Monster Energy Super Cross

Monster Energy Super Cross


(A non-sports page review)


By Gary Murray


As a kid, I rode dirt-bikes.  With my two brothers, we would go to the Highlands reservoir and leave giant ruts in the soft mud.  But, as I got older and slower, the appeal of riding bikes just lost their zeal.


I had never been to a sanctioned professional race and had no idea what to expect.  Cowboy Stadium was packed to the rafters of race fans, both young men and families.  The dome was opened and the night air filled the cavernous space.  The Monster Energy Super Cross is the premiere event of the season and this race was one of the last.   The AMA sanction race is a qualifying point round for the major national showdown in Las Vegas in a few weeks. 


Before the races, a group of young men were inducted into the armed forces of the United States and received a much earned standing ovation.  After the National Anthem, the stadium became drenched in firework and explosion, with multicolored flames filling the indoor coliseum. This is a very patriotic display.


There were two qualifying heats and one last chance qualifier in both the Super Cross Heats and the Light Heats.  For a novice like me, it was hard to keep track of all the action on the tracks.  After a while, the racers spin across the jumps and turns more like irritated ants going around a Sunday picnic.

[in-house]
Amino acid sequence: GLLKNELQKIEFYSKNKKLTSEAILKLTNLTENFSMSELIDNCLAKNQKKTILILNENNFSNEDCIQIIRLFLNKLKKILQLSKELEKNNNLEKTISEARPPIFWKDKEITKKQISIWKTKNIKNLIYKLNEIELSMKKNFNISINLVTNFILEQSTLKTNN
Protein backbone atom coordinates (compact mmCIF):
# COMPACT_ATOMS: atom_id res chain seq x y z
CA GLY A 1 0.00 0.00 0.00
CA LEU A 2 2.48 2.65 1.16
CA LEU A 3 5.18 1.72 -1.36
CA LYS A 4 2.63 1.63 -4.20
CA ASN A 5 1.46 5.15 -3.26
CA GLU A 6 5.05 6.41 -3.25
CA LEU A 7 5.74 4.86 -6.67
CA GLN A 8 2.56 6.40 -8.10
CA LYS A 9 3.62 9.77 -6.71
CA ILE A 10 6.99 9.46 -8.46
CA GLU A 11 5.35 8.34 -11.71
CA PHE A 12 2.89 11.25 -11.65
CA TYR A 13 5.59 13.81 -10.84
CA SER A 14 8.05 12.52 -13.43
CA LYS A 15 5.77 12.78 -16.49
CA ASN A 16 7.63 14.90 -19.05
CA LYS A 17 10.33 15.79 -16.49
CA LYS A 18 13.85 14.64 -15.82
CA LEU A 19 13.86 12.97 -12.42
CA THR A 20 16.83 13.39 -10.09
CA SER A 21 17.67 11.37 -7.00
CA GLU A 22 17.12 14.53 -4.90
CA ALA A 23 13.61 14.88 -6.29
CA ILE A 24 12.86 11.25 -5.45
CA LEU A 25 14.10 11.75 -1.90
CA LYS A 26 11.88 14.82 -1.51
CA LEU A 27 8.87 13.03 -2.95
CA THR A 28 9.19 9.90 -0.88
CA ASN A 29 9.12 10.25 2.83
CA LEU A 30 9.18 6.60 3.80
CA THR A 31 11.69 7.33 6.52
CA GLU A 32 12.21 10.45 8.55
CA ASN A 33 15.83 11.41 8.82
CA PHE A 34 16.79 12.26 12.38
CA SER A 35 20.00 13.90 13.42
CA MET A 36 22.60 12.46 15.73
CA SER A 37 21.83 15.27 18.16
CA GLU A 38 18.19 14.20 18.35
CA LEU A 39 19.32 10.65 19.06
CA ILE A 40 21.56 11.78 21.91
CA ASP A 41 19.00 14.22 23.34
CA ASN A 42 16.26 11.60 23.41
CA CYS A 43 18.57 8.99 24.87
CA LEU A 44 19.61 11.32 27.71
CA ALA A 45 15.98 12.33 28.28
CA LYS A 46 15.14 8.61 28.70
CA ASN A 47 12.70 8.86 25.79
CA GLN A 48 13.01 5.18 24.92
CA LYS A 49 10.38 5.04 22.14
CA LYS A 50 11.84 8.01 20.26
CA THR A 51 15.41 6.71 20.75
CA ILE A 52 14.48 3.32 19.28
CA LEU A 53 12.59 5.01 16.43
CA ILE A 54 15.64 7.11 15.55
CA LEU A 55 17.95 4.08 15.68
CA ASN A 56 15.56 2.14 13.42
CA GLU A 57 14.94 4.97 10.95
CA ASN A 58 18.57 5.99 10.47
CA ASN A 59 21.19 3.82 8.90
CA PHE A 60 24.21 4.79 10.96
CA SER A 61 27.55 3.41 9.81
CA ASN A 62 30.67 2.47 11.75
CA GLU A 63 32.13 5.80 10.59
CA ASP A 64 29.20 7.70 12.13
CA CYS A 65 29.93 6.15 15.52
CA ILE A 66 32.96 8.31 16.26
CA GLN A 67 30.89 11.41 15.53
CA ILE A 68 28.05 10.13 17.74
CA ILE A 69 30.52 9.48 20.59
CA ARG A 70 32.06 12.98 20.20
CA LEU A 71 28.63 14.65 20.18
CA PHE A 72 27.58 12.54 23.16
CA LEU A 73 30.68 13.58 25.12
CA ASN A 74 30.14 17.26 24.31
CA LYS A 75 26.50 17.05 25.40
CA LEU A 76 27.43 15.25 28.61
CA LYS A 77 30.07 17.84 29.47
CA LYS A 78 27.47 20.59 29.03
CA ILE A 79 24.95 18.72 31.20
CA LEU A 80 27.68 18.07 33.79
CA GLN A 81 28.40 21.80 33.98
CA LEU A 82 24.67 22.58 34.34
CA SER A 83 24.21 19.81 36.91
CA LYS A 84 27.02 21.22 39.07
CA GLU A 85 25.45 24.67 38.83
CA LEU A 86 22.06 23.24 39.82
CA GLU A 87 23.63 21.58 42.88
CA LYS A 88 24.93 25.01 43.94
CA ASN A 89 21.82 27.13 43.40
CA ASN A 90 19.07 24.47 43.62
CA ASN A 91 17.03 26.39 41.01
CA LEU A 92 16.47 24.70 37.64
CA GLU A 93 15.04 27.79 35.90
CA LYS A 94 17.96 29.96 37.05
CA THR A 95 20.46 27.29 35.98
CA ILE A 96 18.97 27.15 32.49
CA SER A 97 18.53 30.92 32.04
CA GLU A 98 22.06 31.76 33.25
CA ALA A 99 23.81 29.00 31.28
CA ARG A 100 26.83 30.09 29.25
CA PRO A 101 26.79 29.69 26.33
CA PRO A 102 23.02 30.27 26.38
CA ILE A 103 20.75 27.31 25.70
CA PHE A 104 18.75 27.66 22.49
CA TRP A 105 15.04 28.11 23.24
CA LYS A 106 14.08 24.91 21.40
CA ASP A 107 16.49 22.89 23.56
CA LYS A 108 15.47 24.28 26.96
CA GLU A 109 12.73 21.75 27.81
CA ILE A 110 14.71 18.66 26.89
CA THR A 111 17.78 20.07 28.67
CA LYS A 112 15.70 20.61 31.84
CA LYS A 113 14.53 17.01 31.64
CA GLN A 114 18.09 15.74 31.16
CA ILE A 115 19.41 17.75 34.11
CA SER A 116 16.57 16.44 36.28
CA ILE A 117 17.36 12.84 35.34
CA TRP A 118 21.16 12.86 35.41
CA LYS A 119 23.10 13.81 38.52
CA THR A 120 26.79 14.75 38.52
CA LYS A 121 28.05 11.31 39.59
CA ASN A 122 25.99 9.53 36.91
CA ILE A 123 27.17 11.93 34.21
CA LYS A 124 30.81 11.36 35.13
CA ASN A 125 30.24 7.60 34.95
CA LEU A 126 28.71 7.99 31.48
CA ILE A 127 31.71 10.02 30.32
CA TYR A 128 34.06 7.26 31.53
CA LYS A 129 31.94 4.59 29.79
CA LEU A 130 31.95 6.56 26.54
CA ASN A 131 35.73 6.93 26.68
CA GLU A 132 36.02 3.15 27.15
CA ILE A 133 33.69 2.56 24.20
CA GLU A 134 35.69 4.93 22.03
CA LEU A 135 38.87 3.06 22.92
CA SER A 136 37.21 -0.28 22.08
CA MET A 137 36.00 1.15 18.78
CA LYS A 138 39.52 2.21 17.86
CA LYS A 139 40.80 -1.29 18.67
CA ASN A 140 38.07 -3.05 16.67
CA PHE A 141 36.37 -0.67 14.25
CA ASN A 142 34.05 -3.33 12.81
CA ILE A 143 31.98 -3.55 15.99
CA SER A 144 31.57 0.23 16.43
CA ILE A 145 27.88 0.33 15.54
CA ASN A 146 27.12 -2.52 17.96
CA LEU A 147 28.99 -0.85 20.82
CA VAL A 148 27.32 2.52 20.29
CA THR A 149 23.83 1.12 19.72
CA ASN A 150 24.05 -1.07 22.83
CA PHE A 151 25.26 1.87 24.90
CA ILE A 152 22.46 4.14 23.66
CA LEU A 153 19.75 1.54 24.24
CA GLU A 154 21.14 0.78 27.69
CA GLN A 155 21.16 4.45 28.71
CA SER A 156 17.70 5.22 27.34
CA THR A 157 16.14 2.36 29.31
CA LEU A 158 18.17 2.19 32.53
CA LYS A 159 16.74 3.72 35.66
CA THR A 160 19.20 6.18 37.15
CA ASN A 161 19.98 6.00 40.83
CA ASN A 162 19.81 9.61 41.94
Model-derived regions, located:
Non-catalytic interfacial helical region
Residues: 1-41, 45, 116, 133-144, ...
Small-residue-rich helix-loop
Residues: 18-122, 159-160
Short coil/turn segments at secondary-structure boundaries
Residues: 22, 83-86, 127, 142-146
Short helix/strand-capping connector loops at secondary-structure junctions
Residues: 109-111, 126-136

Once the huge amount of machines and men take off at the first turn, it becomes a challenge to catch all the action.  Once the riders make that first turn, the pack starts to spread out and the action spreads almost round the entire serpentine track.   It seemed that some of the audience was there for the race and others were just watching for the crashes.   These young men seem to defy gravity as they take jumps that launch them stories into the air.   One slight miscalculation on a turn can turn the leader of the pack to an also-ran.  As these warriors of dirt and air force machines to do what seems like an impossible feat, the audience was enraptured by the quick turn of events.


There were eight total races that built to the big long race for the final.  For those who follow the sporting aspects of Monster Energy Super Cross, the winner of the big event was rookie Trey Canard of Oklahoma, moving closer to gaining a point lead before the finals.  It was a race where the lead changed, a split second from worst to first. 


I readily admit that I know little about the entire motor cross sport so some of the intricacies of the even are lost on me.  I feel that I’m probably not the only one in the crowd with little experience of the event.   But for even those who don’t know a spark plug from a light socket, The Monster Energy Super Cross is one heck of an exciting evening of racing for anyone who enjoys the thrill of sport, no matter what venue.

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